Thursday, April 10, 2014

Task Force Targets May 1 for Report on Acquiring Oregon Inlet

NAGS HEAD, N.C.--A task force of state officials and coastal legislators is preparing an economic case and legal strategy for the potential acquisition of Oregon Inlet and adjacent land in Dare County. With the land in hand, the state could then resurrect the old plan to build jetties to keep the inlet open for navigation. The Oregon Inlet Land Acquisition Task Force, created last year by the General Assembly, is studying options for obtaining the waterway and land on either side, including a purchase, condemnation or a swap with the federal government. On either side of the inlet is land that is part of Cape Hatteras National Seashore or Pea Island National Wildlife Refuge.

Lake Norman Bags & Brews Festival Getting its Happy Fix® May 3rd

APEX & MOORESVILLE, N.C. –Positive lifestyle company Happy Fix® (www.happyfix.com) is bringing its message on the road to the Lake Norman Bags & Brews Festival May 3rd at the Central Greenway at Mooresville Town Square in support of the inaugural fundraiser for the Captain Mark McDowell Memorial Foundation. Happy Fix will be selling quality, sought-after products people love at the event, including uber-comfy apparel and fun accessories. “We’re honored to be supporting this event and the Captain Mark McDowell Foundation,” Stacy Menzies, Happy Fix president said. Captain McDowell grew up in Mooresville and graduated from the United States Air Force Academy in Colorado Springs. An F-15E Strike Eagle pilot, Captain McDowell died July 17, 2009 in a crash in Afghanistan, flying in support of Operation Enduring Freedom. The Bags & Brews Festival was designed to help raise money to establish a yearly scholarship at South Iredell High School, McDowell’s alma mater, in addition to assisting other charities and public schools with needed funds.

Thursday, March 27, 2014

Producers Fish for Tuna - and A Hit - in the Outer Banks

(from PilotOnline.com)
WANCHESE, N.C.--In the same waters where Blackbeard once sought protection, Capt. Greg Mayer quietly slipped his boat into this busy-by-day, sleepy-by-night fishing village. With his precious treasure secured, he pulled in under the cloak of darkness. That is, until he hit the docks at the Broad Creek Fishing Center & Marina, and a blast of television camera lights lit up his world. Being a celebrity wasn't part of Mayer's game plan when he took to the waters as a New Jersey youngster nearly 40 years ago. That likely will change later this year - thanks to a casting call from "Wicked Tuna." >> Read More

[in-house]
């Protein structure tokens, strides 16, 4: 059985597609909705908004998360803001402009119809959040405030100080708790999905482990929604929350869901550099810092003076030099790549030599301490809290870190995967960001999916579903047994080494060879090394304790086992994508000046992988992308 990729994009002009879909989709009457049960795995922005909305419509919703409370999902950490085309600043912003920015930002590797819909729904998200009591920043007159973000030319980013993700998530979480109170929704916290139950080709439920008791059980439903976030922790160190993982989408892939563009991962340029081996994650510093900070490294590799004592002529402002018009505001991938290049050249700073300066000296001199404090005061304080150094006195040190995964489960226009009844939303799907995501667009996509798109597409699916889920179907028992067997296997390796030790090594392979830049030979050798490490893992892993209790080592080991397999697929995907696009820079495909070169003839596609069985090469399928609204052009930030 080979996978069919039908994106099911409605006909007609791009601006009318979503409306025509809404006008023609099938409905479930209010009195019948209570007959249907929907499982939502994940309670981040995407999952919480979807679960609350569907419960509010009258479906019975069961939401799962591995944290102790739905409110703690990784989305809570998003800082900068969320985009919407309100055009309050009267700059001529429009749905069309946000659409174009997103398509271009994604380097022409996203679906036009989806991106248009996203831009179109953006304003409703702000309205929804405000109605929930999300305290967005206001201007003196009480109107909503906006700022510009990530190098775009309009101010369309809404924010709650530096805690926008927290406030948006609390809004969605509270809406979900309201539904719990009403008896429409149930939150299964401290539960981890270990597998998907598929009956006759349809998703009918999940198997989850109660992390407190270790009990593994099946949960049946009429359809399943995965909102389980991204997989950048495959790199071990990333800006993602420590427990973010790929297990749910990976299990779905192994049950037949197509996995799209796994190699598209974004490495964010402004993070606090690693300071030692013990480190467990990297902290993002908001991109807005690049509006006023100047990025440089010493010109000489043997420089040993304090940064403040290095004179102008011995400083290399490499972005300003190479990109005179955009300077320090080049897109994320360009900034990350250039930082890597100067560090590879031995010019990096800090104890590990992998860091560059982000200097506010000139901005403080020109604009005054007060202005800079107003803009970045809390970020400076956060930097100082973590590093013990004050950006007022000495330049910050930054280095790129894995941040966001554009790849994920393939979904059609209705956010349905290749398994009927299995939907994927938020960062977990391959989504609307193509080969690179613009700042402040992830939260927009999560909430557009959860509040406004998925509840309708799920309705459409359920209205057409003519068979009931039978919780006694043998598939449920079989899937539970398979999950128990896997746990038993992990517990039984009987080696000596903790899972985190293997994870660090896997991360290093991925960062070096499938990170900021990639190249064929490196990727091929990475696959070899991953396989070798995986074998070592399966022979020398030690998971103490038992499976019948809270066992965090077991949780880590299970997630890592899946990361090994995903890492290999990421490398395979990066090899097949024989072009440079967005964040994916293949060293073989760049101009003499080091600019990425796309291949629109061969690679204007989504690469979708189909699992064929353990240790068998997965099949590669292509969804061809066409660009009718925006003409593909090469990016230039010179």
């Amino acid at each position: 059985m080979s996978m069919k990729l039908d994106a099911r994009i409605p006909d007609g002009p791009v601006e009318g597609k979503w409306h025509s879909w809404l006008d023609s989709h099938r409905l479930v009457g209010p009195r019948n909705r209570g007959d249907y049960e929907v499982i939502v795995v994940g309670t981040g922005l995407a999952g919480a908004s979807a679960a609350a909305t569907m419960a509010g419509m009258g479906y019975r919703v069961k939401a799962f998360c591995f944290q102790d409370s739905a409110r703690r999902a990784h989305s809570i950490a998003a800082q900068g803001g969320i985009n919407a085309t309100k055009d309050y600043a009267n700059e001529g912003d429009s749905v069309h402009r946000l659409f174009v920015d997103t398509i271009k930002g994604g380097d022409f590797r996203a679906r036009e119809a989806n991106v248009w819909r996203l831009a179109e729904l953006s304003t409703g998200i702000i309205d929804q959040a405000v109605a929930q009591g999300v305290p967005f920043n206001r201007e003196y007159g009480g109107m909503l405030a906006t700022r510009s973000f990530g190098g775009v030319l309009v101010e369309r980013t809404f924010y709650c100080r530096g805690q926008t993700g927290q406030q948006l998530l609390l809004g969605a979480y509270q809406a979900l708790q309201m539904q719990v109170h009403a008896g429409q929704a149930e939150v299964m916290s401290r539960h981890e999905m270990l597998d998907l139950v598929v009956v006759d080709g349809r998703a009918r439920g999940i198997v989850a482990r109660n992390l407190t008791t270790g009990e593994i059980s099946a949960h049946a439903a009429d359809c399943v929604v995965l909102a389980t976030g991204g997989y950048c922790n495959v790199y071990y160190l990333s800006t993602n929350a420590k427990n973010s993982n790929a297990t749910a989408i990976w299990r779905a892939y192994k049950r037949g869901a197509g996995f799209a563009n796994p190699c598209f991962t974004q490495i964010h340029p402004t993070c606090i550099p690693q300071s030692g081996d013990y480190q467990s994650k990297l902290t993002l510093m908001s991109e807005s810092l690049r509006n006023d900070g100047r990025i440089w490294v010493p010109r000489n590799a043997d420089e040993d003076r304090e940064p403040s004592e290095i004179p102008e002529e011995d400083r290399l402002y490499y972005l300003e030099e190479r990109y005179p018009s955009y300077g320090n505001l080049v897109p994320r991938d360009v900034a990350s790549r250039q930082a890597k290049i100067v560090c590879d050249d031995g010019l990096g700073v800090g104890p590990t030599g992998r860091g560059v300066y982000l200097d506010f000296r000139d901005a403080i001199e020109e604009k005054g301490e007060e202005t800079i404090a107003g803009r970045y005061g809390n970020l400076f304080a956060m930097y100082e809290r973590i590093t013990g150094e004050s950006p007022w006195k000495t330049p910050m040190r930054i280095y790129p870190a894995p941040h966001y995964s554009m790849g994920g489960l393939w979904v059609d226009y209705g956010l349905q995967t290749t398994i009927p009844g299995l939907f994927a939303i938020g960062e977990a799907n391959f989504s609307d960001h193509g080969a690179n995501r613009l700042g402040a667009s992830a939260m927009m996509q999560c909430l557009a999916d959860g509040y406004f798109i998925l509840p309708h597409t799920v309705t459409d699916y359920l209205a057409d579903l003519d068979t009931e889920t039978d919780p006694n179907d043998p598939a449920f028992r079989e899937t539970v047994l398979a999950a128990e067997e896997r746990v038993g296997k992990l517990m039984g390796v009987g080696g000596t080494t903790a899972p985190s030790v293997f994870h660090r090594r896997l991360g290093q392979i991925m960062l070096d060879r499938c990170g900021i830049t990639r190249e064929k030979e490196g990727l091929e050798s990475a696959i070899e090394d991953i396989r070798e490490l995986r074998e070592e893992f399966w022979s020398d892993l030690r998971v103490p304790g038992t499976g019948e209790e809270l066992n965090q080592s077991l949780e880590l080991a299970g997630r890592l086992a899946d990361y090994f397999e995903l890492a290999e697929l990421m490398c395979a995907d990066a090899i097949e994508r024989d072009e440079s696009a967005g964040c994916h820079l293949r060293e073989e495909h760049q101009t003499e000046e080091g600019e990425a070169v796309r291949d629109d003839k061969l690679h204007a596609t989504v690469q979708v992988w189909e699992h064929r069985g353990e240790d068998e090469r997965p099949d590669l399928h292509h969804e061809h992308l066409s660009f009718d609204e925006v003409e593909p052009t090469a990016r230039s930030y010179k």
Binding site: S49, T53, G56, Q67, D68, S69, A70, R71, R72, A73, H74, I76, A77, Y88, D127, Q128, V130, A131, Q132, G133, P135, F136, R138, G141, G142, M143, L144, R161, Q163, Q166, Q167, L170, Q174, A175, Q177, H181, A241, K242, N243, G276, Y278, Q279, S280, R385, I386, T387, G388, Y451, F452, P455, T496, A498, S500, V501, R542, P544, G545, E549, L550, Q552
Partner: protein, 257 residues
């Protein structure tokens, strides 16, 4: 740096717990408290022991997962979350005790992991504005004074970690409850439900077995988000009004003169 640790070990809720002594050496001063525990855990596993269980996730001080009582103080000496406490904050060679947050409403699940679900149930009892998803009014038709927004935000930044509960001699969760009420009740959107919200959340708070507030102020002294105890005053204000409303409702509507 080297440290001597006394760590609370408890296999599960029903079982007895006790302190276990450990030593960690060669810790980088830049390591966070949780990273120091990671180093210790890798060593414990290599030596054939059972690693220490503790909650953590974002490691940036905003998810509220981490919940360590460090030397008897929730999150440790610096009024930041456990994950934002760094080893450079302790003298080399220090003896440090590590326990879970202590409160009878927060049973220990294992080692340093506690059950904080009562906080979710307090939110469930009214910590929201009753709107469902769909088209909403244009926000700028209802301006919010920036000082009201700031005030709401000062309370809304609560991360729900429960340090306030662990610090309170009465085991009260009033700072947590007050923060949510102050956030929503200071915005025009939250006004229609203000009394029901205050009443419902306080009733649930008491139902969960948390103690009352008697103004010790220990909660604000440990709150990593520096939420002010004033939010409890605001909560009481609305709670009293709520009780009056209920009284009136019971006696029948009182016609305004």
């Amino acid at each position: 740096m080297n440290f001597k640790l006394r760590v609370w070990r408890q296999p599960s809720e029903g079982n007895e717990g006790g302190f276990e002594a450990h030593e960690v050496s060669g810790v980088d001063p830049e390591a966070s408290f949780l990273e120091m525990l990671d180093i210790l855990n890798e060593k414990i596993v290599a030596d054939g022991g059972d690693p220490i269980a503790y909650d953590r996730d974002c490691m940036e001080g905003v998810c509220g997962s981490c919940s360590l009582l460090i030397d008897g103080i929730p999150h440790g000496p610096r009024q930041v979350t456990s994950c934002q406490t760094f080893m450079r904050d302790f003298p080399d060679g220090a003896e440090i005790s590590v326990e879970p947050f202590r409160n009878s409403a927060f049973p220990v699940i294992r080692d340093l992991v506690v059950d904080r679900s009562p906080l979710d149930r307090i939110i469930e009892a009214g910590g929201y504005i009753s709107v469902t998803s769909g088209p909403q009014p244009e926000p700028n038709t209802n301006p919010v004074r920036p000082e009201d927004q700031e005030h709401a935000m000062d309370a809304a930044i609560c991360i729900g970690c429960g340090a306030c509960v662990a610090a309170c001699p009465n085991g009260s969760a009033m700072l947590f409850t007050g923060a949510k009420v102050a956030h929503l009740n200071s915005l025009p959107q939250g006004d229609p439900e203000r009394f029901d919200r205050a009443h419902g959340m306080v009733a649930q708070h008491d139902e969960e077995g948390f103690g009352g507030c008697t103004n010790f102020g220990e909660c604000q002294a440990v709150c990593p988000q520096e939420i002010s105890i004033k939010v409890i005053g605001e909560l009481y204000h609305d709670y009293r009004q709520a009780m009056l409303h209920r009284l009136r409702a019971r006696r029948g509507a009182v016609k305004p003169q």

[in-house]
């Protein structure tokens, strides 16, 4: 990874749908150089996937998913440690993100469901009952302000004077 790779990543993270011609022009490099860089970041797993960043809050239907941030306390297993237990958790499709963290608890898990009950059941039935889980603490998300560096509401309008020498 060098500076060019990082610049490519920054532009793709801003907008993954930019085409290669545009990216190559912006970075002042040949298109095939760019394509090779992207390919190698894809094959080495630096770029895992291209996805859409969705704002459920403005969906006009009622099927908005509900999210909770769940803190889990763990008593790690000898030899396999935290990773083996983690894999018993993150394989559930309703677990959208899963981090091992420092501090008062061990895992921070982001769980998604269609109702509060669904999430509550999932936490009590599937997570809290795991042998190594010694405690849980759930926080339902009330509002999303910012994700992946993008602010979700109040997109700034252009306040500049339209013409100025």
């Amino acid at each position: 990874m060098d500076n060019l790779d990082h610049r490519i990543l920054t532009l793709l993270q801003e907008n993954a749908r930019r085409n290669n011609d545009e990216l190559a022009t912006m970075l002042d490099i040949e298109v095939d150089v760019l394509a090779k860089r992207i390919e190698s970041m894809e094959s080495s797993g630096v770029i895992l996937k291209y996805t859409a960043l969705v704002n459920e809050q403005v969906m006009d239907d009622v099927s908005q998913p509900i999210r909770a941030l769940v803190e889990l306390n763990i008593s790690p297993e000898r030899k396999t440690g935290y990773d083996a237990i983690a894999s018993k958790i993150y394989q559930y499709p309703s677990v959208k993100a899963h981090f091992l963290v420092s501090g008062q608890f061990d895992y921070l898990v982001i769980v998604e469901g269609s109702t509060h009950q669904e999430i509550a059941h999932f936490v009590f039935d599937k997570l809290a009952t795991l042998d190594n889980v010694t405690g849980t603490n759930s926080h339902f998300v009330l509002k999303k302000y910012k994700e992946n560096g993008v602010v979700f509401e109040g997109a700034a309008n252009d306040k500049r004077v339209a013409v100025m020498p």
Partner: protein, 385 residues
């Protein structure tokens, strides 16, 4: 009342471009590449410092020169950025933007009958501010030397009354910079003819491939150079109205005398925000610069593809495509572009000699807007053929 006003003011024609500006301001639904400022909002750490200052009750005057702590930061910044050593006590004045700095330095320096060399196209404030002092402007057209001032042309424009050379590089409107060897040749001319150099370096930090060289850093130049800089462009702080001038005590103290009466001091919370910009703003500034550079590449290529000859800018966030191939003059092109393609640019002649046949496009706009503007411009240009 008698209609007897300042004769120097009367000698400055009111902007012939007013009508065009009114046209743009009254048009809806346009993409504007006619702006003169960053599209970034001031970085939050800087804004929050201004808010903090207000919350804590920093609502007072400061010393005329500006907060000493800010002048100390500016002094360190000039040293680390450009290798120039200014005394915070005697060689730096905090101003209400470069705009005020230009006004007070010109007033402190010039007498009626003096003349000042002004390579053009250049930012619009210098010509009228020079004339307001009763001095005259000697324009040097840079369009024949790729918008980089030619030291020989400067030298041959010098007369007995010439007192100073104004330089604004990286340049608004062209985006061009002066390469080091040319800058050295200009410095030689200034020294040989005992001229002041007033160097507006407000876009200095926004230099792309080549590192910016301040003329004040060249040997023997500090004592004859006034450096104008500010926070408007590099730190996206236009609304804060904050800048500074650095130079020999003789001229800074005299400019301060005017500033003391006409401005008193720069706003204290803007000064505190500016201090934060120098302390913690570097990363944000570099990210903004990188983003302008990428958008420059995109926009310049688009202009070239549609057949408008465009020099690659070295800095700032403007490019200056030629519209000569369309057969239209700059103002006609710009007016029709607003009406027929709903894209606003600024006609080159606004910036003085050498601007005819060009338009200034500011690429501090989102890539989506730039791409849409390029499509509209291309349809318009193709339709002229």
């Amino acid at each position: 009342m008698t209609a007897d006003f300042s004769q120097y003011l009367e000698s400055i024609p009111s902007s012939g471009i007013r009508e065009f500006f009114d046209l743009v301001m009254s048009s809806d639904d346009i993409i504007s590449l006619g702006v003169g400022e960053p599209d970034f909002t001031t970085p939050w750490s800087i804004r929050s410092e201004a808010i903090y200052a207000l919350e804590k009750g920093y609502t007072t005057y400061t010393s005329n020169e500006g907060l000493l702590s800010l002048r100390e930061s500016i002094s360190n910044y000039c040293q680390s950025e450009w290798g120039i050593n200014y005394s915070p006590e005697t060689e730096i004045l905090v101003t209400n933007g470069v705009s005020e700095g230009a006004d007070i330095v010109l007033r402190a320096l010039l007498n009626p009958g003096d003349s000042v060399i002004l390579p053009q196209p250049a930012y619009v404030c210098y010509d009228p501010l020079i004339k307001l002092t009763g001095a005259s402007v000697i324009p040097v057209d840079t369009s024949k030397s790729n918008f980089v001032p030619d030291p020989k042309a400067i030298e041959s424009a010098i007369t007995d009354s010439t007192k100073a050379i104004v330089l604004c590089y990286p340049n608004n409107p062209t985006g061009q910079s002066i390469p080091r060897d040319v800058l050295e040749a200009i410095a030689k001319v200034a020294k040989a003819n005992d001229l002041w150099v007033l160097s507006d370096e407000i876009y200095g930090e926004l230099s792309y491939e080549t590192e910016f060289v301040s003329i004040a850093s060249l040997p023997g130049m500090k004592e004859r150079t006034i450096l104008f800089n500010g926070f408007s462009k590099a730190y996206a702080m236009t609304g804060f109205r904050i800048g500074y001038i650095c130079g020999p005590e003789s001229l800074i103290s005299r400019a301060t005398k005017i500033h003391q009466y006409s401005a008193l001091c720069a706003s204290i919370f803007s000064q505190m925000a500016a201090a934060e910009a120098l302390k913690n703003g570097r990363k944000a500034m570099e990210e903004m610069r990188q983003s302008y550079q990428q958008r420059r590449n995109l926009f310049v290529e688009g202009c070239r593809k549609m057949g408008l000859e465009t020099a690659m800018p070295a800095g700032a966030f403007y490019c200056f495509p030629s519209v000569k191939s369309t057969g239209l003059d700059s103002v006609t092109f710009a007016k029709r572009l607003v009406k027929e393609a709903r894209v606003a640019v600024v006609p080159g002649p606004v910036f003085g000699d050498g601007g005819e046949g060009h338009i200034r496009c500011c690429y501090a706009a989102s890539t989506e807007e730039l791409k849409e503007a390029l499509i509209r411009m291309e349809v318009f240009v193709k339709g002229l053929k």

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Wednesday, March 19, 2014

The Fickleness of Sand

(from Coastal Review Online)
NAGS HEAD, N.C.--Beach sand is a fickle thing. It gets pushed around by winds and waves, and you can never tell with any certainty where it will end up, despite the best engineering and intentions. Take Nags Head, for instance. Too much sand there is burying walkways, swimming pools and septic fields under drifting dunes, while down on Hatteras Island an abundance of sand is clogging a ferry channel and a scarcity of it could once again threaten a roadway. Some of the Nags Head sand that was pumped onto the beaches during the town’s massive widening project two years ago is not sliding back into the ocean. Instead, it’s piling up and over the dune line, mainly south of The Village at Nags Head. Last week, the town’s Board of Commissioners agreed to ask the state to allow exceptions to limits on how much sand can be moved from private property and back onto the beach with bulldozers and other equipment. One concern is that without such an exception, property owners would have to haul the sand off to get rid of it. Elizabeth Teague, Nags Head’s Planning and Development director, said that a decision by the state Division of Coastal Management is expected in 30 days. The amendment would be to the Coastal Area Management Act permit that the town received for beach re-nourishment and maintenance. Town officials have been working with the division on ways to address the problem. Time is running short because turtle nesting season starts at the beginning of May. >>Read More